Yesterday (April 26) Suniva, which filed for bankruptcy protection last week, filed a Section 201 petition with the US International Trade Commission that would impose tariff of up to 78 cents per watt on imported photovoltaic solar panels and cells under the “escape clause.” The move could double the cost of PV modules in the US and was quickly criticized by the solar industry.
For its part, Suniva contended that “US solar manufacturers face serious injury from the ongoing and increasing influx of foreign imports, which continue to drive down domestic prices.”
“The modern wave of solar technology was born from research in U.S. universities, industry and government, and U.S. manufacturers led the way in the commercialization of these technologies—and yet today, we stand fighting for the survival of jobs in an industry that the US created,” said Matt Card, Suniva’s executive vice president of Commercial Operations. “Without today’s requested global safeguard, the US solar manufacturing industry will die and we will not only lose solar manufacturing jobs today, but also those future jobs that will come from investing in the solar manufacturing industry of tomorrow.”
Suniva also made a plea to President Donald Trump (R) recommending he impose an import tax for at least four years on solar panels and PV cells, starting at 78 per watt for panels and 40 cents per watt for cells, according to PV Magazine. While Trump has not supported solar power or renewable energy, he has promised to make American manufacturing jobs a priority and is seeking to impose tariffs on other imported goods, including wood from Canada. Such an action, however, would make solar more expensive in the US than almost anywhere else, industry observers noted.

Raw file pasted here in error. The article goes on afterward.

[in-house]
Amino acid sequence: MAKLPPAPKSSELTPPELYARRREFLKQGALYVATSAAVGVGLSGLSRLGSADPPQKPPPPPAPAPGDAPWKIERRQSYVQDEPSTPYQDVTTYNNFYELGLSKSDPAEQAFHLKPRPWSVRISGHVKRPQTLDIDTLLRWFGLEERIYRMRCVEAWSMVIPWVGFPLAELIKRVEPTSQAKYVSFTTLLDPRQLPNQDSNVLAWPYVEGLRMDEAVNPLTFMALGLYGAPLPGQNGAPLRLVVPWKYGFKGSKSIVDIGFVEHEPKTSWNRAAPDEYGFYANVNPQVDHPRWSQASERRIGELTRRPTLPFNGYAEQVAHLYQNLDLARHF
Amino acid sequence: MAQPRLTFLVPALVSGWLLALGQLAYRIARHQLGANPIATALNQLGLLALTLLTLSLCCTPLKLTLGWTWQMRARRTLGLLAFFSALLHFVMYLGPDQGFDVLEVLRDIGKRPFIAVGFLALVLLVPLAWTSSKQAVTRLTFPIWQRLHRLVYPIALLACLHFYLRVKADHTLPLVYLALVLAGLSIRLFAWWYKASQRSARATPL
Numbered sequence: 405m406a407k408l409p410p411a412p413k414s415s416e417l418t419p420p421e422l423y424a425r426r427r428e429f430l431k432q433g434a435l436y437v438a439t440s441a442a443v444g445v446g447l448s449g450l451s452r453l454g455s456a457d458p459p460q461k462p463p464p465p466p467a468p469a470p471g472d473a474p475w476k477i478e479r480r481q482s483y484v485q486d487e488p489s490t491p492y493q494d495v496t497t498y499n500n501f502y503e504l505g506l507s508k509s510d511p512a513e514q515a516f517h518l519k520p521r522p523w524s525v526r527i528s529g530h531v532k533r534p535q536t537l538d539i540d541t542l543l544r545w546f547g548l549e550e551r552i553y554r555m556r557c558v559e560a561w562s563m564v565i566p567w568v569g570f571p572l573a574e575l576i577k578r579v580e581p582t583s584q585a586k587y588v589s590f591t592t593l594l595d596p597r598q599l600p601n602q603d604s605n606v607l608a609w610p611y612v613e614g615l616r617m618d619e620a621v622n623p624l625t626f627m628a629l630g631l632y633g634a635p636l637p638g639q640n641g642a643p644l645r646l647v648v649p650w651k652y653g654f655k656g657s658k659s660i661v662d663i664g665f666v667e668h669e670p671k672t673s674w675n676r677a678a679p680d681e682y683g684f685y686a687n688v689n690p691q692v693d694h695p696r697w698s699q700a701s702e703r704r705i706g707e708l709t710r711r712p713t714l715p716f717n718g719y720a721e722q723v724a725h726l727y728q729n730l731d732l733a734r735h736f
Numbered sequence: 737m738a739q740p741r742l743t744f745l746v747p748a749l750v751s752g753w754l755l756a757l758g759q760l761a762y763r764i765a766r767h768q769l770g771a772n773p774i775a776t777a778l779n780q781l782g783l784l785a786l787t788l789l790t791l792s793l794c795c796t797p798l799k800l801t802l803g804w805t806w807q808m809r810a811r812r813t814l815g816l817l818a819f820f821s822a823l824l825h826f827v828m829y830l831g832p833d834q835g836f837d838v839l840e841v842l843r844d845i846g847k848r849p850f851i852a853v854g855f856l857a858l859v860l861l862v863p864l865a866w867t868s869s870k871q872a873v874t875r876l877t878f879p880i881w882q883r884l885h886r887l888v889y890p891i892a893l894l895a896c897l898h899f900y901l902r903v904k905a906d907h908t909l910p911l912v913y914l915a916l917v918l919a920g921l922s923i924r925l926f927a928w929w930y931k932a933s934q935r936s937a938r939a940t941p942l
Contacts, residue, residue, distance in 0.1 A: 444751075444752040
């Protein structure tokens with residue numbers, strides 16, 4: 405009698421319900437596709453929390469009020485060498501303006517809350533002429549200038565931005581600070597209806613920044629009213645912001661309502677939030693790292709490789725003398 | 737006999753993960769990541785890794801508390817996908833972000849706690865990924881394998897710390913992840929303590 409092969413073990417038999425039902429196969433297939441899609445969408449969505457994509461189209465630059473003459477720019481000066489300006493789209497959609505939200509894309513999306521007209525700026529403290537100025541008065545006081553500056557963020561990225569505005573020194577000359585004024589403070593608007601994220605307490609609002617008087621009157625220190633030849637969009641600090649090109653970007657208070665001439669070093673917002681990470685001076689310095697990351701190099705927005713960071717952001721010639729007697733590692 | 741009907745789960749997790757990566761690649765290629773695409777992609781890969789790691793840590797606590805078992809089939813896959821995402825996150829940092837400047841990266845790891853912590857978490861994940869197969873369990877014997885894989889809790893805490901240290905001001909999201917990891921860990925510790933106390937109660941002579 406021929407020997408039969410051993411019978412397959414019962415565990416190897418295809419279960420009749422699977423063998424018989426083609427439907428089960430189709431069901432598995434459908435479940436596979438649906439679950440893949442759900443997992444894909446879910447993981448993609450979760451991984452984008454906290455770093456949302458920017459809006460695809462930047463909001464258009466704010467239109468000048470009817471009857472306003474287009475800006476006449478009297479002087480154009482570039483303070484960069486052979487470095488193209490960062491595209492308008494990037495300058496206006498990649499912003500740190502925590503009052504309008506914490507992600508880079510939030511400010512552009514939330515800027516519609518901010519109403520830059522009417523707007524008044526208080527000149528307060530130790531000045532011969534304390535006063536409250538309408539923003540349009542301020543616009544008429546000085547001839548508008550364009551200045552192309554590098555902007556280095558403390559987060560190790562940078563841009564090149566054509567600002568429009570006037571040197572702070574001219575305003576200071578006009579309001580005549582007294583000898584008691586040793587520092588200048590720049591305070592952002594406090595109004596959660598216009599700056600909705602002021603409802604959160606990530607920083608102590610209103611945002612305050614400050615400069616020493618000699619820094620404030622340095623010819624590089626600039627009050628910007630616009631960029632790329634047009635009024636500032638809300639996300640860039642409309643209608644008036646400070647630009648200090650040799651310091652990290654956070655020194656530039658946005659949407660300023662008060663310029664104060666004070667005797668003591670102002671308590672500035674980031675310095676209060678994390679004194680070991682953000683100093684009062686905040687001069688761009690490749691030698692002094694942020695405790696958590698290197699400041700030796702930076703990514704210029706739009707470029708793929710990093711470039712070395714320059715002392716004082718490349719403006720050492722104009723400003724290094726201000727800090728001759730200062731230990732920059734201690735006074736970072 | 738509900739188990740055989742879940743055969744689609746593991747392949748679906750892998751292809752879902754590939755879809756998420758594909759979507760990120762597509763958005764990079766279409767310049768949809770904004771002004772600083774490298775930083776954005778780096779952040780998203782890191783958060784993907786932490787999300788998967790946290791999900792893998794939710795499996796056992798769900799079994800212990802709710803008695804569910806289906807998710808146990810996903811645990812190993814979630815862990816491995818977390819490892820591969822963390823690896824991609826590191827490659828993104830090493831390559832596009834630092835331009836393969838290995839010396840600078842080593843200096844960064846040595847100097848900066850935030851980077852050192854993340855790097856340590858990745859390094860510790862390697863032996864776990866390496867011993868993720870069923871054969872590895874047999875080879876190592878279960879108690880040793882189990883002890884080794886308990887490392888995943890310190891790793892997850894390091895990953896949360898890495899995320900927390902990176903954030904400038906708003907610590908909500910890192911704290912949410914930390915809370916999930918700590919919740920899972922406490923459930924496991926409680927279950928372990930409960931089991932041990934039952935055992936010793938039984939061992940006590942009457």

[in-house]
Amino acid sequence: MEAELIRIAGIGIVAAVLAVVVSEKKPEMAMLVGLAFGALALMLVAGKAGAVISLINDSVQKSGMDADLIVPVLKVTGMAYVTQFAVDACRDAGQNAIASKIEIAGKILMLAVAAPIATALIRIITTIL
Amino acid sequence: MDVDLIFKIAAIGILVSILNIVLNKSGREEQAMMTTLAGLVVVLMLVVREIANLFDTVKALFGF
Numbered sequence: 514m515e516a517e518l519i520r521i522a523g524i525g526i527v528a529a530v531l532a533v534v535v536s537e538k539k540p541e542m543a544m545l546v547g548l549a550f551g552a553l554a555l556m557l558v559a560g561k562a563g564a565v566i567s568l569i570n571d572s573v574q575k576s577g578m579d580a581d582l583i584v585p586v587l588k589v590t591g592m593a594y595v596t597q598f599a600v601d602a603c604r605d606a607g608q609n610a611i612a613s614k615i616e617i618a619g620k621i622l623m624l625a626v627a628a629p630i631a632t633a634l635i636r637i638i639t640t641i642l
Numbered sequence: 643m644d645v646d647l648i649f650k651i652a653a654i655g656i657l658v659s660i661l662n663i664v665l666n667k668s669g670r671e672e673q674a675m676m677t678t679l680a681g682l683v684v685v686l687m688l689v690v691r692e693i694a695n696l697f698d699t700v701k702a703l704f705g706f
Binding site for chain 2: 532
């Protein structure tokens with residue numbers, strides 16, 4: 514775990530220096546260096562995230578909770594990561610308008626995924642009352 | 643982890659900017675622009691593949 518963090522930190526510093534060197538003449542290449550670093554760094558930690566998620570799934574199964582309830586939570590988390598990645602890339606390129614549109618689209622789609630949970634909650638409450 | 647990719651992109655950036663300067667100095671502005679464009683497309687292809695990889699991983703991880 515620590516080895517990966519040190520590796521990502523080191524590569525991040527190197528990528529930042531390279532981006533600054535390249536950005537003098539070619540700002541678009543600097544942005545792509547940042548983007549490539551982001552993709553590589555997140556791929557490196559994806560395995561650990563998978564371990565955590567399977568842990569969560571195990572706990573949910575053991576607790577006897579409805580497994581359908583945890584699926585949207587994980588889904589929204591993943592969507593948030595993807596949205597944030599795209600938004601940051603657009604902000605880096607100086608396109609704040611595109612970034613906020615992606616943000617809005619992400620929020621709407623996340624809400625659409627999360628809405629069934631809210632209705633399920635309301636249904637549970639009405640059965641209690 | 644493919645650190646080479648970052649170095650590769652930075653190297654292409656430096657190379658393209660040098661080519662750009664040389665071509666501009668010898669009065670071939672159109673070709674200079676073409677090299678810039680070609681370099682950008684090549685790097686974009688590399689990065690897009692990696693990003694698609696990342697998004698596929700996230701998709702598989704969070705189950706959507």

“Although we strongly support U.S. manufacturing, SEIA, after consultation with our Federal Policy Committee, has publicly taken the position against this petition to avoid damage to the 9,000 companies and 258,000 jobs in parts of the solar industry other than CSPV cell manufacturers,” said Solar Energy Industries Association (SEIA) President Abigail Ross Hopper. “The Trump administration has been outspoken on the need for American manufacturing, but it is our hope he will not view a bankrupt company’s ‘last-ditch effort to survive’ (as the Wall Street Journal put it) as a compelling vehicle for the pro-manufacturing cause. We will do everything we can to prevent the remedies proposed by Suniva from becoming reality,” she stated.
Even SolarWorld, the Germany-based solar manufacturer with manufacturing in Oregon and which has long pushed for tariffs on foreign solar imports, is wary of Suniva’s actions. “SolarWorld—as the largest US crystalline-silicon solar manufacturer, with more than 40 years of U.S. manufacturing experience—will assess the case brought by Suniva but prefers that any action to be taken against unfair trade shall consider all parts of the US solar value chain,” Juergen Stein, US president of SolarWorld. “We're committed to helping to find a way that also considers the interests of other parties playing fair in the US solar market.”
However, Stein also offered the following comment: “The case of Suniva dramatically demonstrates that the US solar manufacturing industry still suffers from unfair trade. In particular, highly subsidized Chinese companies as well as other producers are globally dumping their products, forcing competitors to take losses, lay off workers and exit the market.” He added, “China now has managed to circumvent and violate existing trade defense measures in several ways and again incited a ruinous price race to the bottom, destroying US manufacturing jobs.”
Looking ahead the International Trade Commission will have until Aug. 24 to issue its findings in the case. In October its report will be sent to the president along with recommendations. Hopper saidTweet